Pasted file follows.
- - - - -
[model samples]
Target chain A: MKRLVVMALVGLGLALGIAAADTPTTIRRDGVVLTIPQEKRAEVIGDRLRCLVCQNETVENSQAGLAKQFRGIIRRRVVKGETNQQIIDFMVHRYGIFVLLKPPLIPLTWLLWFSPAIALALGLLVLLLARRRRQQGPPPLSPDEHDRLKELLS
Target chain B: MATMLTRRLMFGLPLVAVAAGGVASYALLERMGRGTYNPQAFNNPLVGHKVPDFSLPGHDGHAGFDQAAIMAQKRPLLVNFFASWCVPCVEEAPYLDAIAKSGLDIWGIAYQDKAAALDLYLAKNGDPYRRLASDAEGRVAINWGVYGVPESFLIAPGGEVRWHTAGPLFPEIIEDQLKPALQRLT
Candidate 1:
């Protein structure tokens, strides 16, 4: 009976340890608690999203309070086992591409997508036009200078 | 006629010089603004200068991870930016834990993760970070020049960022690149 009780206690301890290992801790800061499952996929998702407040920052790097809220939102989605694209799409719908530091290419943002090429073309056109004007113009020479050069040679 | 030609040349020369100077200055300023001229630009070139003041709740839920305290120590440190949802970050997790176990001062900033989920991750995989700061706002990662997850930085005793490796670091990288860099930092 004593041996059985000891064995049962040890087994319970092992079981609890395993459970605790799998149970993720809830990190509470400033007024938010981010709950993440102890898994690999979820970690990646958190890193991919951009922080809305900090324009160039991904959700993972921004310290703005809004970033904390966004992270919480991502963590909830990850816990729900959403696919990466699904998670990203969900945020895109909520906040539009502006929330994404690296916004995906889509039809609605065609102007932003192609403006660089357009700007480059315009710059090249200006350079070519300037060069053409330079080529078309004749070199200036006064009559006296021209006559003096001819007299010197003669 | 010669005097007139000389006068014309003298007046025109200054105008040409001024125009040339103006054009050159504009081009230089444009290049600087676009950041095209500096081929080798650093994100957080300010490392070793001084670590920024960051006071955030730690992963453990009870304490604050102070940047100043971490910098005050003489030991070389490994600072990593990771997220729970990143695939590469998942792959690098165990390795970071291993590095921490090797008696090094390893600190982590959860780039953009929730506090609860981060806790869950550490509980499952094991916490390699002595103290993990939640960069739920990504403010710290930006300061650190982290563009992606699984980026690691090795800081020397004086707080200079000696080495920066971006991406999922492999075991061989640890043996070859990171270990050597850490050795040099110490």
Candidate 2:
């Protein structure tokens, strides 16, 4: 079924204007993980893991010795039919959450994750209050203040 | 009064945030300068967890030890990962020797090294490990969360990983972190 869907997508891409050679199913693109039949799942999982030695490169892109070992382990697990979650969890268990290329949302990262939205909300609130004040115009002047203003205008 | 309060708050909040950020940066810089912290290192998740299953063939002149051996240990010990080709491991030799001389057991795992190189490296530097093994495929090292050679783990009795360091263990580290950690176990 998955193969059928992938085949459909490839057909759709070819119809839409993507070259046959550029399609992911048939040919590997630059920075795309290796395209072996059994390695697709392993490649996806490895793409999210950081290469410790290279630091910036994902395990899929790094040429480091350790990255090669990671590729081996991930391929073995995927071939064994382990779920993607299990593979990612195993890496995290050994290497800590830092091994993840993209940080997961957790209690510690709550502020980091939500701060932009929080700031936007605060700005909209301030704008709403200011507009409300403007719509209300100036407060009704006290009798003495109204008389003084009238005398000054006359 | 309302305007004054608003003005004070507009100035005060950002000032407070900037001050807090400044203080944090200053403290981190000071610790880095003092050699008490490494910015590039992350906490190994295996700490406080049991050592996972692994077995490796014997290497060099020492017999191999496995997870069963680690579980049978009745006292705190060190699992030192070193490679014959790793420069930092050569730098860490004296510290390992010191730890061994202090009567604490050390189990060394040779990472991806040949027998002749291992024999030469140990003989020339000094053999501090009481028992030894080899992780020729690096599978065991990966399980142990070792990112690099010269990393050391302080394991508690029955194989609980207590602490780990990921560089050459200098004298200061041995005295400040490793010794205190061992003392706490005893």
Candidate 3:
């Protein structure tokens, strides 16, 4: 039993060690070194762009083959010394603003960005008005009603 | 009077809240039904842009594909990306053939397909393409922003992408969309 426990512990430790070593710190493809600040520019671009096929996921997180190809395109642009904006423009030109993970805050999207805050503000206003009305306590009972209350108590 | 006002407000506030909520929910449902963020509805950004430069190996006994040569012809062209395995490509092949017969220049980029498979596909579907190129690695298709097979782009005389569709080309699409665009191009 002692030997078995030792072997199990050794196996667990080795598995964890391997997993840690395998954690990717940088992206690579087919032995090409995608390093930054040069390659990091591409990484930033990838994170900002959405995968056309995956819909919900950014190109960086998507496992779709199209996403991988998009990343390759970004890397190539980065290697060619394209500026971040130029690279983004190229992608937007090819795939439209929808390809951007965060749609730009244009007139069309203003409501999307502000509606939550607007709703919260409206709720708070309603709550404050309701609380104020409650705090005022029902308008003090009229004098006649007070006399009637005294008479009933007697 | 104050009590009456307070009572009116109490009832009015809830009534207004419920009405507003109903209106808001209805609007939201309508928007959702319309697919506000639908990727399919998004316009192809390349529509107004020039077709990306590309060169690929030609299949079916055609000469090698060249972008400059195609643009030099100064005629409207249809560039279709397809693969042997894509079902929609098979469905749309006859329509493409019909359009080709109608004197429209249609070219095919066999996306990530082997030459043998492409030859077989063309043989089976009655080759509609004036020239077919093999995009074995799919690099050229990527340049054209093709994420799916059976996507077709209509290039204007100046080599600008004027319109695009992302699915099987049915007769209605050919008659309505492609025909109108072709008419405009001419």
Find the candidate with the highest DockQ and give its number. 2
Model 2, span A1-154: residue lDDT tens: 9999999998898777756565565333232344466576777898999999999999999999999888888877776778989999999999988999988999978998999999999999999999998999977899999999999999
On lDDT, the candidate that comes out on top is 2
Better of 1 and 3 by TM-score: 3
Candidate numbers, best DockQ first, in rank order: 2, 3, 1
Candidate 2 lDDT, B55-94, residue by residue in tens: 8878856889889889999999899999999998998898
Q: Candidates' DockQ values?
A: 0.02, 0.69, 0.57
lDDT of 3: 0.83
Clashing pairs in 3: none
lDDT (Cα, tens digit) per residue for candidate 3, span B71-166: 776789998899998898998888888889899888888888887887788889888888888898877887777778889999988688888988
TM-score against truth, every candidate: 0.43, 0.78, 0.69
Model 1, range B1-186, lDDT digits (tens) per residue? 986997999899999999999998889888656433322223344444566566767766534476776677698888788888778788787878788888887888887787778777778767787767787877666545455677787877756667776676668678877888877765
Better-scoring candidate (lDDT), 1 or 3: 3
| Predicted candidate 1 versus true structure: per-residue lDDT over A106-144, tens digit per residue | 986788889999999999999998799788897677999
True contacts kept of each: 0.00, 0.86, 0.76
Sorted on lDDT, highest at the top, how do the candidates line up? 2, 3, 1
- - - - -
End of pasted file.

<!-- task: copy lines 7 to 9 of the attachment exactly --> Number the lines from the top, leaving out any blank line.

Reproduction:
């Protein structure tokens, strides 16, 4: 079924204007993980893991010795039919959450994750209050203040 | 009064945030300068967890030890990962020797090294490990969360990983972190 869907997508891409050679199913693109039949799942999982030695490169892109070992382990697990979650969890268990290329949302990262939205909300609130004040115009002047203003205008 | 309060708050909040950020940066810089912290290192998740299953063939002149051996240990010990080709491991030799001389057991795992190189490296530097093994495929090292050679783990009795360091263990580290950690176990 998955193969059928992938085949459909490839057909759709070819119809839409993507070259046959550029399609992911048939040919590997630059920075795309290796395209072996059994390695697709392993490649996806490895793409999210950081290469410790290279630091910036994902395990899929790094040429480091350790990255090669990671590729081996991930391929073995995927071939064994382990779920993607299990593979990612195993890496995290050994290497800590830092091994993840993209940080997961957790209690510690709550502020980091939500701060932009929080700031936007605060700005909209301030704008709403200011507009409300403007719509209300100036407060009704006290009798003495109204008389003084009238005398000054006359 | 309302305007004054608003003005004070507009100035005060950002000032407070900037001050807090400044203080944090200053403290981190000071610790880095003092050699008490490494910015590039992350906490190994295996700490406080049991050592996972692994077995490796014997290497060099020492017999191999496995997870069963680690579980049978009745006292705190060190699992030192070193490679014959790793420069930092050569730098860490004296510290390992010191730890061994202090009567604490050390189990060394040779990472991806040949027998002749291992024999030469140990003989020339000094053999501090009481028992030894080899992780020729690096599978065991990966399980142990070792990112690099010269990393050391302080394991508690029955194989609980207590602490780990990921560089050459200098004298200061041995005295400040490793010794205190061992003392706490005893």
Candidate 3:
């Protein structure tokens, strides 16, 4: 039993060690070194762009083959010394603003960005008005009603 | 009077809240039904842009594909990306053939397909393409922003992408969309 426990512990430790070593710190493809600040520019671009096929996921997180190809395109642009904006423009030109993970805050999207805050503000206003009305306590009972209350108590 | 006002407000506030909520929910449902963020509805950004430069190996006994040569012809062209395995490509092949017969220049980029498979596909579907190129690695298709097979782009005389569709080309699409665009191009 002692030997078995030792072997199990050794196996667990080795598995964890391997997993840690395998954690990717940088992206690579087919032995090409995608390093930054040069390659990091591409990484930033990838994170900002959405995968056309995956819909919900950014190109960086998507496992779709199209996403991988998009990343390759970004890397190539980065290697060619394209500026971040130029690279983004190229992608937007090819795939439209929808390809951007965060749609730009244009007139069309203003409501999307502000509606939550607007709703919260409206709720708070309603709550404050309701609380104020409650705090005022029902308008003090009229004098006649007070006399009637005294008479009933007697 | 104050009590009456307070009572009116109490009832009015809830009534207004419920009405507003109903209106808001209805609007939201309508928007959702319309697919506000639908990727399919998004316009192809390349529509107004020039077709990306590309060169690929030609299949079916055609000469090698060249972008400059195609643009030099100064005629409207249809560039279709397809693969042997894509079902929609098979469905749309006859329509493409019909359009080709109608004197429209249609070219095919066999996306990530082997030459043998492409030859077989063309043989089976009655080759509609004036020239077919093999995009074995799919690099050229990527340049054209093709994420799916059976996507077709209509290039204007100046080599600008004027319109695009992302699915099987049915007769209605050919008659309505492609025909109108072709008419405009001419």